21 November 2019
Home > divesites > member profile
 
 
 
List of diveshops!
Regional dive related shops can contact us for a listing.
 
 
 
 
 
 

Latest Messages

Yongala Wreck:
The S.S. YONGALA sank in a cyclone on the 23rd March 1911 and remained...
 
 
 
 
 
 

8f816ab2215e0c52b5bbd6a2acd4f39a62159356

 
 
 
 
 
 
 
 
Score
8.35
yongaladive
Certification Level:
PADI
 
 
 
 
 
 
Custom Search
 
 
 
, if you would like to give Greatest Dive Sites permission, only by request, to upload dive items to your FaceBook account and visa versa.

yongaladive : Messages

Take a look at the messages of member yongaladive. You can visit the corresponding dive site by clicking at the link or take a look at each message by clicking 'view'.




, if you would like to give Greatest Dive Sites permission, only by request, to upload dive items to your FaceBook account and visa versa.



Australia > Yongala Wreck > The S.S. YONGALA sank in a cyc > [View]

The S.S. YONGALA sank in a cyclone on the 23rd March 1911 and remained undiscovered for almost 50 years, not being positively identified until 1958. The wreck now lies on its starboard side in 14-28 metres of water and at 109m long is the largest and most intact, historic shipwreck in Australian waters.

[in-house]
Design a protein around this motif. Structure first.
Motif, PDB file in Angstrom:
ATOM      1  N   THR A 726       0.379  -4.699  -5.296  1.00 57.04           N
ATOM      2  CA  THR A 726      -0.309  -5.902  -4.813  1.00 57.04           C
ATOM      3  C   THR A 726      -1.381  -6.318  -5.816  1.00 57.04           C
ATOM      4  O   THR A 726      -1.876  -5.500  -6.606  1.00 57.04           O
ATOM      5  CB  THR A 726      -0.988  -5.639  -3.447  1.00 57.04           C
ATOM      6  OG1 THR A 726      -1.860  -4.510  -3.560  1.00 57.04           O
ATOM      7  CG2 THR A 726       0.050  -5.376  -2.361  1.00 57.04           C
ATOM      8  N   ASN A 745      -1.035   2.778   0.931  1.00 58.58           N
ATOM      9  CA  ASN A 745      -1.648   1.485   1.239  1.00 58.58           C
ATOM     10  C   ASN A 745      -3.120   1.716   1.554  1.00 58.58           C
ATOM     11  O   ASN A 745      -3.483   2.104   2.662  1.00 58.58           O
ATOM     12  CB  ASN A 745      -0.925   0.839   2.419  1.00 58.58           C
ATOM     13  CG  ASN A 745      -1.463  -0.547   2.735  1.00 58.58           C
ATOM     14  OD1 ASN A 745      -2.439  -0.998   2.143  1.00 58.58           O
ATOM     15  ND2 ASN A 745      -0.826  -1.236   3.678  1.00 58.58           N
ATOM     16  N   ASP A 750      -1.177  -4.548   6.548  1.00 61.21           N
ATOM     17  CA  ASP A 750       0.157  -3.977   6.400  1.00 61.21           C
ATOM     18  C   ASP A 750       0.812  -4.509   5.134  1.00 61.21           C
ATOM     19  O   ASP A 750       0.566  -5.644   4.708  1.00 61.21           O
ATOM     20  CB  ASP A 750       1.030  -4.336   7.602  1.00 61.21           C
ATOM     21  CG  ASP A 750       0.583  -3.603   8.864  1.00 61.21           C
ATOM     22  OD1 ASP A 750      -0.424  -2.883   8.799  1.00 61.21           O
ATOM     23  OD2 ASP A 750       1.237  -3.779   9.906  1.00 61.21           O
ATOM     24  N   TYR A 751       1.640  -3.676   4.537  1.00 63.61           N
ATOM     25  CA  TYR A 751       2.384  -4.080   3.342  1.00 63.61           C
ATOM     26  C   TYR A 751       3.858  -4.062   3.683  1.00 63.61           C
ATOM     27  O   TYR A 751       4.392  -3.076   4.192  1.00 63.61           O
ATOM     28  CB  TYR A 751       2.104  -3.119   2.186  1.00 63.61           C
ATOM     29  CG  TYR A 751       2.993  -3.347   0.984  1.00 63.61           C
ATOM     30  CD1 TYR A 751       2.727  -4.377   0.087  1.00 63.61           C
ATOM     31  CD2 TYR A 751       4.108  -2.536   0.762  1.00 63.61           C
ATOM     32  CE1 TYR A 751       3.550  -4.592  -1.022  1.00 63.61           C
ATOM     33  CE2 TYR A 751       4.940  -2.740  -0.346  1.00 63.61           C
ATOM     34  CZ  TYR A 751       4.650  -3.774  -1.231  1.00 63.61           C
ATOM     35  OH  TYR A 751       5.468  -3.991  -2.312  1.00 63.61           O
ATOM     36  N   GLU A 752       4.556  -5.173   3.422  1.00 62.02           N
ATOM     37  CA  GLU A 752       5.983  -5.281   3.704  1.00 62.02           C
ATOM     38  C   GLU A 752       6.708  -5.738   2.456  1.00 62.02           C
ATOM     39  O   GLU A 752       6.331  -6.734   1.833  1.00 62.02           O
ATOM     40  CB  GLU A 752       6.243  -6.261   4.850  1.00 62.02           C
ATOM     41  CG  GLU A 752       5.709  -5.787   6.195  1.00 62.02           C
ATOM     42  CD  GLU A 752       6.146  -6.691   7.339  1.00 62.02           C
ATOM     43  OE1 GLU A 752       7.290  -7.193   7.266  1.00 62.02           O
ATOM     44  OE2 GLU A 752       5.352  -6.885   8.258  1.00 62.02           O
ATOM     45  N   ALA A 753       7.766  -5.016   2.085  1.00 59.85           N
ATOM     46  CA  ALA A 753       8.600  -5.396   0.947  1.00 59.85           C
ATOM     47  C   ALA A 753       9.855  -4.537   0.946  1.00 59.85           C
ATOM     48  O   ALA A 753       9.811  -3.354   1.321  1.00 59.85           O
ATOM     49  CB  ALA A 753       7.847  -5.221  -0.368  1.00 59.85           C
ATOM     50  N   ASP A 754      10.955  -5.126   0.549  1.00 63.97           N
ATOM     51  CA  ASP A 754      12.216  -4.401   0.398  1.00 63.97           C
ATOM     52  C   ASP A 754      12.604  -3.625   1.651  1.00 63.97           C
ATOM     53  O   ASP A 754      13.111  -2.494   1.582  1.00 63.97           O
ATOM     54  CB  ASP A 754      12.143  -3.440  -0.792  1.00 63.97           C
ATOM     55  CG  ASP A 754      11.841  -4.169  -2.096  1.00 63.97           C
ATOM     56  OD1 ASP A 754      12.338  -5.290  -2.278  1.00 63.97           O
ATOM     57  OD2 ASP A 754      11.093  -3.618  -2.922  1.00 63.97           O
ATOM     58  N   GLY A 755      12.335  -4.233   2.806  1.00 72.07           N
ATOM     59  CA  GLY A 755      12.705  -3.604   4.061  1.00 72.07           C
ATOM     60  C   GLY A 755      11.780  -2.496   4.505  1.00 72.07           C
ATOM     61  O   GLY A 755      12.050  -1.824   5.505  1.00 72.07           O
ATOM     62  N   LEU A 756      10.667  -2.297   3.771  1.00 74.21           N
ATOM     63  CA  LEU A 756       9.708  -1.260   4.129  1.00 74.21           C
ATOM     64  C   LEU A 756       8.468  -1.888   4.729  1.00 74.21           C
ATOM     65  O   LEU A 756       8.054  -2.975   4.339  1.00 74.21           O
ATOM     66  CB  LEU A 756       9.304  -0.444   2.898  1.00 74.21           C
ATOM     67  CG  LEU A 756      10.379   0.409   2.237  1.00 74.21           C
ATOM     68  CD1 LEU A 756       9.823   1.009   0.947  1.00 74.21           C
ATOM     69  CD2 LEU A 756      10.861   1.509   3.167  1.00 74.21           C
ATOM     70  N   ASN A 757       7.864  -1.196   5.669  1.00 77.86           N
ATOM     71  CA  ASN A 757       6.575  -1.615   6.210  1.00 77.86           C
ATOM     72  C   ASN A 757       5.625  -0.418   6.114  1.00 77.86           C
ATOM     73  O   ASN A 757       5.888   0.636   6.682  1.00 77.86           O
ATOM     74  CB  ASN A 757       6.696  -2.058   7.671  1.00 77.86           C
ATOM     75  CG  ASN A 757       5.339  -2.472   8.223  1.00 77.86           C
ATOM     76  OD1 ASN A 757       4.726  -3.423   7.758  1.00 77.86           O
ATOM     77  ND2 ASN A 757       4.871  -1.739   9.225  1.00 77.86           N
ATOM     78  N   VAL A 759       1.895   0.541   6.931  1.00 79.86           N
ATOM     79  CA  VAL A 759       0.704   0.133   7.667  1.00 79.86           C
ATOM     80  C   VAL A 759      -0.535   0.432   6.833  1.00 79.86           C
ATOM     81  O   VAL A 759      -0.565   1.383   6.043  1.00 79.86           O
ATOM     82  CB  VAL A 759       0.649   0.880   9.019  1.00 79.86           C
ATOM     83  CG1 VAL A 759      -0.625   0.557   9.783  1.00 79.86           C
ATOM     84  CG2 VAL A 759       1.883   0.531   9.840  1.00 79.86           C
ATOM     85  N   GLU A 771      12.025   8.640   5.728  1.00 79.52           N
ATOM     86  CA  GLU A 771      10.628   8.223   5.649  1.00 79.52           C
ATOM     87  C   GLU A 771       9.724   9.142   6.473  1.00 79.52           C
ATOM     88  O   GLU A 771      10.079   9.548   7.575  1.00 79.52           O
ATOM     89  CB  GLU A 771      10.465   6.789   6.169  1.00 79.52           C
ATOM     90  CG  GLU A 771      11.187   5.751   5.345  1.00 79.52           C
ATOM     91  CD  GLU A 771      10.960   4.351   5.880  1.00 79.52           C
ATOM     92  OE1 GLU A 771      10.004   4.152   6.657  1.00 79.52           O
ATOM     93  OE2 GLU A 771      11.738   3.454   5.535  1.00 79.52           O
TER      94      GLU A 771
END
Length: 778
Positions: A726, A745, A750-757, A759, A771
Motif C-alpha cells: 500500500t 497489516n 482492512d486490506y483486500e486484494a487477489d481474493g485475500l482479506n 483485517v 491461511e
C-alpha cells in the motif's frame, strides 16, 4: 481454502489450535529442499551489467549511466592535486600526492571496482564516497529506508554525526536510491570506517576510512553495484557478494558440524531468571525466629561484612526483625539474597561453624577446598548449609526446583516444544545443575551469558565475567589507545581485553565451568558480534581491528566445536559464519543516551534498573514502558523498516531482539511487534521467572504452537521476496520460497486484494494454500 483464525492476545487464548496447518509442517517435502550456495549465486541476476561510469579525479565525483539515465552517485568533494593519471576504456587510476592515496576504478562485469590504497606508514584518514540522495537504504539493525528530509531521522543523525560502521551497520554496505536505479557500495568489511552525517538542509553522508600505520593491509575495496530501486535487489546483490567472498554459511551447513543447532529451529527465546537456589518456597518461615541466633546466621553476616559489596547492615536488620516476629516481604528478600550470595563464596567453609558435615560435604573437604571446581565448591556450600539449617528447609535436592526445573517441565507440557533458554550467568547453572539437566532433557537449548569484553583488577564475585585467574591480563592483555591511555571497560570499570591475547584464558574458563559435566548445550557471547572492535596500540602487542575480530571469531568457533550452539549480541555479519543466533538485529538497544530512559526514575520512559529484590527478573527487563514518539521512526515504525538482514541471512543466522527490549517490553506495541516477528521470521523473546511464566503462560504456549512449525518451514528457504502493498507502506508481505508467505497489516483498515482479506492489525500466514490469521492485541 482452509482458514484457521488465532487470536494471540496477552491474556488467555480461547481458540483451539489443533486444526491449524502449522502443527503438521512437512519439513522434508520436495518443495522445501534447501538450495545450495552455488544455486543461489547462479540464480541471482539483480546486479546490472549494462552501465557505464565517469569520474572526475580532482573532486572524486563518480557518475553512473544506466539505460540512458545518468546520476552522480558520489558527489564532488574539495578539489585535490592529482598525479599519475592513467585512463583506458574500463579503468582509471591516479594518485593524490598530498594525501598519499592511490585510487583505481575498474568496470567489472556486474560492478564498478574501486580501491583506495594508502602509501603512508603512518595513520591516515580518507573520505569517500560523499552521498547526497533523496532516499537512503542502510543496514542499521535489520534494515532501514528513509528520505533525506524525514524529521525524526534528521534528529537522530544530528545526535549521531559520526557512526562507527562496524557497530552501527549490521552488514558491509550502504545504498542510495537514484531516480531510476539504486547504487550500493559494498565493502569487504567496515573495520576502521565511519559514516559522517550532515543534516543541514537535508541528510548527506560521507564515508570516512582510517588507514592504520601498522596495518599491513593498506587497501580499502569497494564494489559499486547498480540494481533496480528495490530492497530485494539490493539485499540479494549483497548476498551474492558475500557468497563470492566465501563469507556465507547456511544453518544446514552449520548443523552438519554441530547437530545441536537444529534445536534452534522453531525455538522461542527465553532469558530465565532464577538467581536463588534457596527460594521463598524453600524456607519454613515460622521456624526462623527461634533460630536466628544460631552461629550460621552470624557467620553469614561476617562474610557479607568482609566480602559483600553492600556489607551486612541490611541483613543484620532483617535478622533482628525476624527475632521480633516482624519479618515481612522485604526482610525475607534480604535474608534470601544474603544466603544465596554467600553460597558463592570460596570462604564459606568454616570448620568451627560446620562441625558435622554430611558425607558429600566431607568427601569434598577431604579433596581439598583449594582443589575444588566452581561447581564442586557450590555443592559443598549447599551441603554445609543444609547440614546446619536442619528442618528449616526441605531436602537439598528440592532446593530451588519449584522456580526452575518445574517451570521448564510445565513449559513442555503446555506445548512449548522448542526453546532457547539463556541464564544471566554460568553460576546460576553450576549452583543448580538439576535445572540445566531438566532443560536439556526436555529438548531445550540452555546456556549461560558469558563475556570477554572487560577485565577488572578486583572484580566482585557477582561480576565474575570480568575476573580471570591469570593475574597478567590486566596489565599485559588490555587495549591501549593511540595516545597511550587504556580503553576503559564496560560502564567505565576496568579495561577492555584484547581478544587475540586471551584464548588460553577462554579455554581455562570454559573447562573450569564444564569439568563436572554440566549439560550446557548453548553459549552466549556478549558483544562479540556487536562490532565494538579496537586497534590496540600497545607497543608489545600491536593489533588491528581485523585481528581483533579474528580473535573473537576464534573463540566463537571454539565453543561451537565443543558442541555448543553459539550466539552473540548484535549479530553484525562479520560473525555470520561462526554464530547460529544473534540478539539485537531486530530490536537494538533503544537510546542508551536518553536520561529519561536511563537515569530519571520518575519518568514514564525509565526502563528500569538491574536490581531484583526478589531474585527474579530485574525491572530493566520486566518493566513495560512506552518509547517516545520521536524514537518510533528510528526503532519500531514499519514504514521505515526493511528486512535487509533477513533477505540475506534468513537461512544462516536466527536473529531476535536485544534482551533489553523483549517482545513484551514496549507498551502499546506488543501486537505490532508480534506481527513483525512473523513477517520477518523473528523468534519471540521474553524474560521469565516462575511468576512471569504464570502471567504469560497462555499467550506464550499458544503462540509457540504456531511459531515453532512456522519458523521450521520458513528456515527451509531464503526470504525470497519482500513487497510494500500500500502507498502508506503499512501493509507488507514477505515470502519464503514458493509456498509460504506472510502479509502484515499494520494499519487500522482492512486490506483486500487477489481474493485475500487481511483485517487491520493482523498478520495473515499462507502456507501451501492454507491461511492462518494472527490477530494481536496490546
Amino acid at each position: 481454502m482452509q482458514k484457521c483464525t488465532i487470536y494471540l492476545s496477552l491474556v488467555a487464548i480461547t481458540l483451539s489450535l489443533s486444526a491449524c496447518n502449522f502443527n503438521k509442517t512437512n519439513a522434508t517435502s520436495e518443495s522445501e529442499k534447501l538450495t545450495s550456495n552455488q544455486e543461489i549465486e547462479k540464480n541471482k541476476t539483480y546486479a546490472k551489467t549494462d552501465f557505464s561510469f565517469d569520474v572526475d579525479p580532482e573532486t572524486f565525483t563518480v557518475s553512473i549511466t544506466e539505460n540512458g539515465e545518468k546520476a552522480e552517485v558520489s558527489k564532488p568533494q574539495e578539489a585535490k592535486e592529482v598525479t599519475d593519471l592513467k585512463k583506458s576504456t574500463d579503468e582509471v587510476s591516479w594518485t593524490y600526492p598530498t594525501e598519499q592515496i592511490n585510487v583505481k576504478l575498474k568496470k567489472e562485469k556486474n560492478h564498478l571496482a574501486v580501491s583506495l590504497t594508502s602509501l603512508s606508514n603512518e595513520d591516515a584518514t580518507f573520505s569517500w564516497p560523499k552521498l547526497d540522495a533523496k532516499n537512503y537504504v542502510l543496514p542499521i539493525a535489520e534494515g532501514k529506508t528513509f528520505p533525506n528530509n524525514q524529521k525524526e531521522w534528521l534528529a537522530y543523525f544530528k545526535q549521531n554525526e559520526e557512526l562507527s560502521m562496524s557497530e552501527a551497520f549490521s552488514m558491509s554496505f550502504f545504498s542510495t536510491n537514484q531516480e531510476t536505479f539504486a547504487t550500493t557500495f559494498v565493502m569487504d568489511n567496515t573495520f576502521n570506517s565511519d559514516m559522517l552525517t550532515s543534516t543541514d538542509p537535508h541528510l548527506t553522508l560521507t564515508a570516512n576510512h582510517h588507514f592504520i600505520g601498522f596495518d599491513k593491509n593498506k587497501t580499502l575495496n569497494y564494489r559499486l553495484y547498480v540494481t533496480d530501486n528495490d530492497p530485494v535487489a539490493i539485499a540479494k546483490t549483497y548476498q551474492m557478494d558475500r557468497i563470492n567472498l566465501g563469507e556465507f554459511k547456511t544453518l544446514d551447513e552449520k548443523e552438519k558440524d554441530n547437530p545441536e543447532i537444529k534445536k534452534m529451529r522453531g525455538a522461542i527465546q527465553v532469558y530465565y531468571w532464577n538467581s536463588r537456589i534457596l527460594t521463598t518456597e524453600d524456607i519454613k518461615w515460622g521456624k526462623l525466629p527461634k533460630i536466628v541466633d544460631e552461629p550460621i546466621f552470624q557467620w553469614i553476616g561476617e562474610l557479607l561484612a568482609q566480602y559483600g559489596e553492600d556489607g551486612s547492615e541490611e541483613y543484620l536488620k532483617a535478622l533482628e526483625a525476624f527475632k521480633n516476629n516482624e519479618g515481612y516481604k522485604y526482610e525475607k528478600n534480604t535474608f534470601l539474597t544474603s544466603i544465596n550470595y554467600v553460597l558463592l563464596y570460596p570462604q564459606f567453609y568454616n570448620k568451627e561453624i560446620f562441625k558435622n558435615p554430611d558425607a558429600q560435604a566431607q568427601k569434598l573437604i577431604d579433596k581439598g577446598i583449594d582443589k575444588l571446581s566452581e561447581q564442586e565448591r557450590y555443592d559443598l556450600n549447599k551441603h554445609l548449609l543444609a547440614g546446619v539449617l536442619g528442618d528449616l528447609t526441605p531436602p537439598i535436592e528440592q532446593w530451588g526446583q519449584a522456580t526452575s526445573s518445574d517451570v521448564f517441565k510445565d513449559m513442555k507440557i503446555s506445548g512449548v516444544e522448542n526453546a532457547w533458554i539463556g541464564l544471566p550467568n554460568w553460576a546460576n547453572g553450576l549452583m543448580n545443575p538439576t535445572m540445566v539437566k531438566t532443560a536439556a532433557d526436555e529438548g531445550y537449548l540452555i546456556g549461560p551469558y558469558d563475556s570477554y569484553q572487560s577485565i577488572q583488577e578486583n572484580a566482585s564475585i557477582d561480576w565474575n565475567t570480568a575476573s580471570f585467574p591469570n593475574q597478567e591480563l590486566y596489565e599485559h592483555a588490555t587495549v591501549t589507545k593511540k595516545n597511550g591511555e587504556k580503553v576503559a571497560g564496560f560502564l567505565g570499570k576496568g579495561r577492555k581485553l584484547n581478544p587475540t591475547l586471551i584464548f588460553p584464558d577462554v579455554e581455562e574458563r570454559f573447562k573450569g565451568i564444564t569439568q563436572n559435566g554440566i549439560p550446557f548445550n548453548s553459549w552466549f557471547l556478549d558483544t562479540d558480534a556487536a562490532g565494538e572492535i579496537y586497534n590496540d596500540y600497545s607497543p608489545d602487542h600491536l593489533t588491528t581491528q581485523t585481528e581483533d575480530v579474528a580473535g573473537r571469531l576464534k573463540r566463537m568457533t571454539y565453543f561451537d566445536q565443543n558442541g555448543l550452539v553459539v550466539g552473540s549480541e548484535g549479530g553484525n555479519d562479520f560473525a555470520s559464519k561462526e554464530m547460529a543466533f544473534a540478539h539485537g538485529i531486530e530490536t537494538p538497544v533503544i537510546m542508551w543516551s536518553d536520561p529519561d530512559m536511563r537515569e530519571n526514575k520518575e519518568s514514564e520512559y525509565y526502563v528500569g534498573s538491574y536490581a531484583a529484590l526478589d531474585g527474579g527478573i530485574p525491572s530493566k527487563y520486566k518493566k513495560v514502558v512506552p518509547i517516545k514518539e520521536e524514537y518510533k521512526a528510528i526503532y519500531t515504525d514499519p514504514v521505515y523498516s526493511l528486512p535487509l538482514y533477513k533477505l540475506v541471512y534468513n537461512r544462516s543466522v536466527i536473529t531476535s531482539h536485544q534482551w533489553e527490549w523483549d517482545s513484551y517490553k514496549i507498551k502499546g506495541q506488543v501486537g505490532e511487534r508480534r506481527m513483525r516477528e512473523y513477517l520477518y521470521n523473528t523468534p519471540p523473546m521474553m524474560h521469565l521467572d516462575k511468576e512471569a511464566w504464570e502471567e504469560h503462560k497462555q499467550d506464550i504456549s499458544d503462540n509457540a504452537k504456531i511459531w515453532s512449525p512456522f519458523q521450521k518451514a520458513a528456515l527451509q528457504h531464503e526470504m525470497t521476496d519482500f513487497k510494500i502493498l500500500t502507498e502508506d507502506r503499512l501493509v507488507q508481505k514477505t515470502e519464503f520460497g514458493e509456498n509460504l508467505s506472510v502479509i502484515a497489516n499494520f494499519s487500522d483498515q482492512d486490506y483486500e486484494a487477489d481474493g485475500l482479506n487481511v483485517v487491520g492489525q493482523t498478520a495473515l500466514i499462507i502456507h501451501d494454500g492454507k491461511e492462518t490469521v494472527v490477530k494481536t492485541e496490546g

She sank just 12 nautical miles off the coast of Cape Bowling Green in the Great Barrier Reef Marine Park with the loss of all 122 passengers. Exactly what happened we will never know – although research indicates the vessel was steaming, the fact no life rafts were found indicate the loss of the Yongala was sudden and tragic.

It has now become known as one of the world's top wreck dives and certainly one of Australia's best dive sites due to the prolific variety of marine life. Giant Queensland gropers hang beneath the stern while schools of trevally and cobia congregate around the depths of the wreck. Queenfish, barracuda, turtles, sea snakes, eagle rays and clown fish are just some of the other incredible life inhabiting the coral encrusted structure.

The Great Barrier Reef is the most bio-diverse ecosystem on the planet including over 1500 species of fish and 350 different types of coral. The Yongala wreck has now become an artificial reef with more varieties of coral growing on it than most natural reef systems. It is also host to a huge diversity of pelagic and reef species found in the Coral Sea. You will see more fish in one dive on the wreck than ten on the reef. It's certainly a dive experience you will never forget.